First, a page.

A Procedure to Generate Input Data of Cyclic Softening and Hardening for FEM Analysis from Constant Strain Amplitude Fatigue Tests in LCF Regime
Urpo Sarajärvi, Otso Cronvall
Fatigue is produced by cyclic application of stresses by mechanical or thermal loading. The metal subjected to fluctuating stress will fail at stresses much lower than those required to cause fracture in a single application of load. The key parameters are the range of stress variation and the number of its occurrences. Low-cycle fatigue, usually induced by mechanical and thermal loads, is distinguished from high-cycle fatigue, mainly associated with vibration or high number of small thermal fluctuations. Numerical models describing fatigue behaviour of austenitic stainless piping steels under cyclic loading and their applicability for modelling of low-cycle-fatigue are discussed in this report. In order to describe the cyclic behaviour of the material for analysis with finite element method (FEM) based analysis code ABAQUS, the test data, i.e. stress-strain curves, have to be processed. A code to process the data all through the test duration was developed within this study. A description of this code is given also in this report. Input data for ABAQUS was obtained to describe both kinematic and isotropic hardening properties. Further, by combining the result data for various strain amplitudes a mathematic expression was be created which allows defining a parameter surface for cyclic (i.e. isotropic) hardening. Input data for any strain amplitude within the range of minimum and maximum strain amplitudes of the test data can be assessed with the help of the developed 3D stress-strain surface presentation.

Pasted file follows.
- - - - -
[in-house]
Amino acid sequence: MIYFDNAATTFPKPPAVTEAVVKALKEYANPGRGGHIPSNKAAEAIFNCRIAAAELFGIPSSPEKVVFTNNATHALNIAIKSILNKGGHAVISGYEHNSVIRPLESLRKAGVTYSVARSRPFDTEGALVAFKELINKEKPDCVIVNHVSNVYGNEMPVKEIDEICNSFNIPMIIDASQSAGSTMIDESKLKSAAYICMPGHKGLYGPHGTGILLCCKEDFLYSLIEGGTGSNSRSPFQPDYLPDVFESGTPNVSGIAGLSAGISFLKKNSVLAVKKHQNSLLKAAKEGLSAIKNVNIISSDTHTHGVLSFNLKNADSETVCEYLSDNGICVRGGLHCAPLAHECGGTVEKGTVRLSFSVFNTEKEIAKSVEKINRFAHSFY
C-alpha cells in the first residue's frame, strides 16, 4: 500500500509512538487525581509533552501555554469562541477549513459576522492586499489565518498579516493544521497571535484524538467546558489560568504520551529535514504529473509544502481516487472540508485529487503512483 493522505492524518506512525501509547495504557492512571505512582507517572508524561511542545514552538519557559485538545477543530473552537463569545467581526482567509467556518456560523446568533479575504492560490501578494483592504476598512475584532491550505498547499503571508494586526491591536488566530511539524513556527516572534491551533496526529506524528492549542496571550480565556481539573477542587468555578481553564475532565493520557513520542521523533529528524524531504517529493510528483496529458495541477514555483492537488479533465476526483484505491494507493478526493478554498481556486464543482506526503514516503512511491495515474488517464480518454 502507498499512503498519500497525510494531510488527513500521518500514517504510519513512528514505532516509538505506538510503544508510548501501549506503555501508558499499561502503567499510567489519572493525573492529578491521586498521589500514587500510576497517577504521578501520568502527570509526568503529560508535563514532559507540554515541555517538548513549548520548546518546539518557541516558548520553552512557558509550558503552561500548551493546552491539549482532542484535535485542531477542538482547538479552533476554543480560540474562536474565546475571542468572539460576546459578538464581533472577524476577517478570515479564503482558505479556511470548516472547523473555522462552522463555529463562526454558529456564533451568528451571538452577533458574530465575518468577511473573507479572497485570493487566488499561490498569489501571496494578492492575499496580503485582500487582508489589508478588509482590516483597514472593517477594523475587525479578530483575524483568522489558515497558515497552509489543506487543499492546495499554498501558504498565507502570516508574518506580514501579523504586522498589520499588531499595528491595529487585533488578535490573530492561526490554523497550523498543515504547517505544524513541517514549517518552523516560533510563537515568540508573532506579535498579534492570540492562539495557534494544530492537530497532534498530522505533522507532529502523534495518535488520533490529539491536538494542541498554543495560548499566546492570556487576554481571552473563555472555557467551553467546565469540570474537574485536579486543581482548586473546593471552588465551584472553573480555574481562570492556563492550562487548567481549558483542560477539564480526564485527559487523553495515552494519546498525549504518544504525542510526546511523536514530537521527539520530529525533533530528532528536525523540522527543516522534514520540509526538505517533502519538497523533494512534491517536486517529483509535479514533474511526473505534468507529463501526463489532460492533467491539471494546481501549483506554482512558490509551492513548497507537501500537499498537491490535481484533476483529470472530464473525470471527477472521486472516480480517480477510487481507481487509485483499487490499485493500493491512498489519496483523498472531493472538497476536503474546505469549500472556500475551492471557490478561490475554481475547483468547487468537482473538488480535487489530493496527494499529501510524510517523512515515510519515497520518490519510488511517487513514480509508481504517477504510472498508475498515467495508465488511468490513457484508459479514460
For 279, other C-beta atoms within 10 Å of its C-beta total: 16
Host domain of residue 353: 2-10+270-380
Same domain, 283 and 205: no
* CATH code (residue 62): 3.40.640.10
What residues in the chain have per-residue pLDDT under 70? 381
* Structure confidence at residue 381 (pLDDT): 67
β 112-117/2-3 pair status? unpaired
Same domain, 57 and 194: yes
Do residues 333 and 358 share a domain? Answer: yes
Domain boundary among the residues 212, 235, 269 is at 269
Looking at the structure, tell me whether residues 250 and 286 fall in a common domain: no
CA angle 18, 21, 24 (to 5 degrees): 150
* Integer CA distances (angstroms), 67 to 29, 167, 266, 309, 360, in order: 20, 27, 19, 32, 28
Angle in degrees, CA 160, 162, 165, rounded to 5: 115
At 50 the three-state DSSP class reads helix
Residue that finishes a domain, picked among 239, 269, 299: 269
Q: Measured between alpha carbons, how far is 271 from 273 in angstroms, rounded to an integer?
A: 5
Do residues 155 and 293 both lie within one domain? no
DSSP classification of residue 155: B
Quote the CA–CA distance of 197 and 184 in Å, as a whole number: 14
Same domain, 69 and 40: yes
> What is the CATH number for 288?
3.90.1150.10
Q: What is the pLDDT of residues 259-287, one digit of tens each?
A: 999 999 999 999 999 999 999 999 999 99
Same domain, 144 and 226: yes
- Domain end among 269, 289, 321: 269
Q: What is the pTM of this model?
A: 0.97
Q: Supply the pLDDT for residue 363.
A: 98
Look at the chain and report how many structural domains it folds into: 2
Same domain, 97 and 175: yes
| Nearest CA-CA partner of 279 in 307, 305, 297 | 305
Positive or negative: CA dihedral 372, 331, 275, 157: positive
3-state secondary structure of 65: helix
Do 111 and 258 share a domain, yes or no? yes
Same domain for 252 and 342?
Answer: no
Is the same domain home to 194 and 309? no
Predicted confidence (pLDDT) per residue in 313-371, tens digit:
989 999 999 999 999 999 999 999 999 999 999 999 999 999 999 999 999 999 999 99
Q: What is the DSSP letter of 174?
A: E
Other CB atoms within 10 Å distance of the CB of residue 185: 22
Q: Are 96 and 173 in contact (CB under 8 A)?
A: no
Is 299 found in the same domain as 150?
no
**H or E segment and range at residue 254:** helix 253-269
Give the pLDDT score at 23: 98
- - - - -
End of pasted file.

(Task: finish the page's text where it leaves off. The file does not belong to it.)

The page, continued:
The modelling of the fatigue induced initiation and growth of cracks was not considered in this study. On the other hand, a considerable part of the fatigue life of nuclear power plant (NPP) piping components is spent in the phase preceding the initiation and growth of cracks.
Fatigue; low-cycle; austenitic stainless steel; work hardening; modelling; FEM; ABAQUS